A Duke Worth Fighting For, the final book in Christina Britton’s Isle of Synne series, is a classic "Beauty and the Beast"-esque tale. Margery Kitteridge, the circumspect widow of a soldier who died at the battle of Waterloo, is challenged with aiding Daniel Hayle, the battle-scarred and socially inept Duke of Carlisle, with his matrimonial prospects.
Margery has received an anonymous blackmail note accusing her husband of cowardice and desertion. Desperate to preserve her beloved’s posthumous reputation, Margery is scrambling to come up with the funds to pay the blackmailer. She hits upon the idea of a trade with Daniel: She will help him find a bride in exchange for 100 pounds.
Daniel’s nights are ravaged by guilt, sorrow and nightmares from his experiences in the Napoleonic wars. His days are ravaged by pain and despair, both from his terrible scars and from the fact that he’s now unable to walk without aid. In one especially moving scene, he swims for the first time since Waterloo, and in the water, his body moves beautifully without pain or hindrance. Daniel cries in joy, relief and a whole host of other emotions. As Daniel and Margery spend more and more time together, it becomes clear that she is his perfect counterpart: stable and supportive, a secure sanctuary for a battered soul. Despite her still-present devastation and grief, Margery and Daniel start to build a relationship.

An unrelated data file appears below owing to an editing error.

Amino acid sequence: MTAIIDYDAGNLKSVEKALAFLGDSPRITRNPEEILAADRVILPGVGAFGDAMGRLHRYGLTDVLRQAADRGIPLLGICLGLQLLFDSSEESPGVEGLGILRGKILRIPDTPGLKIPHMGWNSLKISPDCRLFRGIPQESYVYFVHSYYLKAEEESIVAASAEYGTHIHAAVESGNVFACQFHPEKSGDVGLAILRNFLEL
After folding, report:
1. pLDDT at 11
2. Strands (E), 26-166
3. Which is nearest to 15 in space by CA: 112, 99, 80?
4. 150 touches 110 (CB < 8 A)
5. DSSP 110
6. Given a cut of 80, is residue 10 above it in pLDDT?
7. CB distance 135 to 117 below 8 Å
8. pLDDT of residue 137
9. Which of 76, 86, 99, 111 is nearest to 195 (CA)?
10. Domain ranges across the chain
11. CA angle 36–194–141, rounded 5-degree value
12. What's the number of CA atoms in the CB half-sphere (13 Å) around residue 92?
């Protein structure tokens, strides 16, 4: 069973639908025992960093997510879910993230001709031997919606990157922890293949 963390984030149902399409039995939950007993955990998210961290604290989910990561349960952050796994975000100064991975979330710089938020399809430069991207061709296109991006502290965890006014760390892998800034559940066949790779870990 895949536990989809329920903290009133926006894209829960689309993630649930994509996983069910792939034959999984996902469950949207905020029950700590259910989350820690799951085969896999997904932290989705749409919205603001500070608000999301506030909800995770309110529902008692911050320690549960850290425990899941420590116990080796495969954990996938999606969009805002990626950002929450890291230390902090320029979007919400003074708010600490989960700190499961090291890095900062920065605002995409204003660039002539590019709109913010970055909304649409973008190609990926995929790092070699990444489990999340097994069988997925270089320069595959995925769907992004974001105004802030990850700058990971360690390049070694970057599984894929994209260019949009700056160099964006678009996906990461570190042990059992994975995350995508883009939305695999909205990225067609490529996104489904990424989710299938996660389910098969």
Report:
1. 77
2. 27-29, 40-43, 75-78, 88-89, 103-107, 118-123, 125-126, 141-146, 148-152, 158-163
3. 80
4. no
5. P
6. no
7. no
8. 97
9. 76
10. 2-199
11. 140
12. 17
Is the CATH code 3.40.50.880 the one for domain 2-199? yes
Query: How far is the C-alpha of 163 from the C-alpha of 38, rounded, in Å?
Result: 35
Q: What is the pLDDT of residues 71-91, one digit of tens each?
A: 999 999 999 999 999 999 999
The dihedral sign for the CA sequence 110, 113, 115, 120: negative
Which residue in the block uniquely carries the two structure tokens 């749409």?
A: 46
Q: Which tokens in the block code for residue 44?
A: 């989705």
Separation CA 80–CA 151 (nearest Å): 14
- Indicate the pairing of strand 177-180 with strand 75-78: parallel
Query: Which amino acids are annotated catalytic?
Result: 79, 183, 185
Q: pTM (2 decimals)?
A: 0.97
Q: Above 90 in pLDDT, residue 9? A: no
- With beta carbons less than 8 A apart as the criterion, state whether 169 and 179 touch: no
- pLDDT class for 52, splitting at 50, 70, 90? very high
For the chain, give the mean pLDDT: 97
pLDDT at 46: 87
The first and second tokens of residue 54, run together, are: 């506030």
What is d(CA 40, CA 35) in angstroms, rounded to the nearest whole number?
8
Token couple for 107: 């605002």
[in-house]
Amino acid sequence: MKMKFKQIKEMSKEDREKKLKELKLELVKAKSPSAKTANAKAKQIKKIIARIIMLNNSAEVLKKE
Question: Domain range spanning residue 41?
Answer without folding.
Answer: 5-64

While aspects of A Duke Worth Fighting For evoke the "Beauty and the Beast" fairy tale and its recent adaptations (for example, there is a dashing, yet dastardly villain a la the Disney films' Gaston character), Britton imbues her novel with a gravitas and poignancy all its own. She sensitively explores how Daniel’s bodily injuries pale in comparison to those inflicted on his soul, balancing darker elements with his growing resiliency and Margery’s inspiring loyalty to the people she loves. A Duke Worth Fighting For is a truly worthy end to the Isle of Synne series.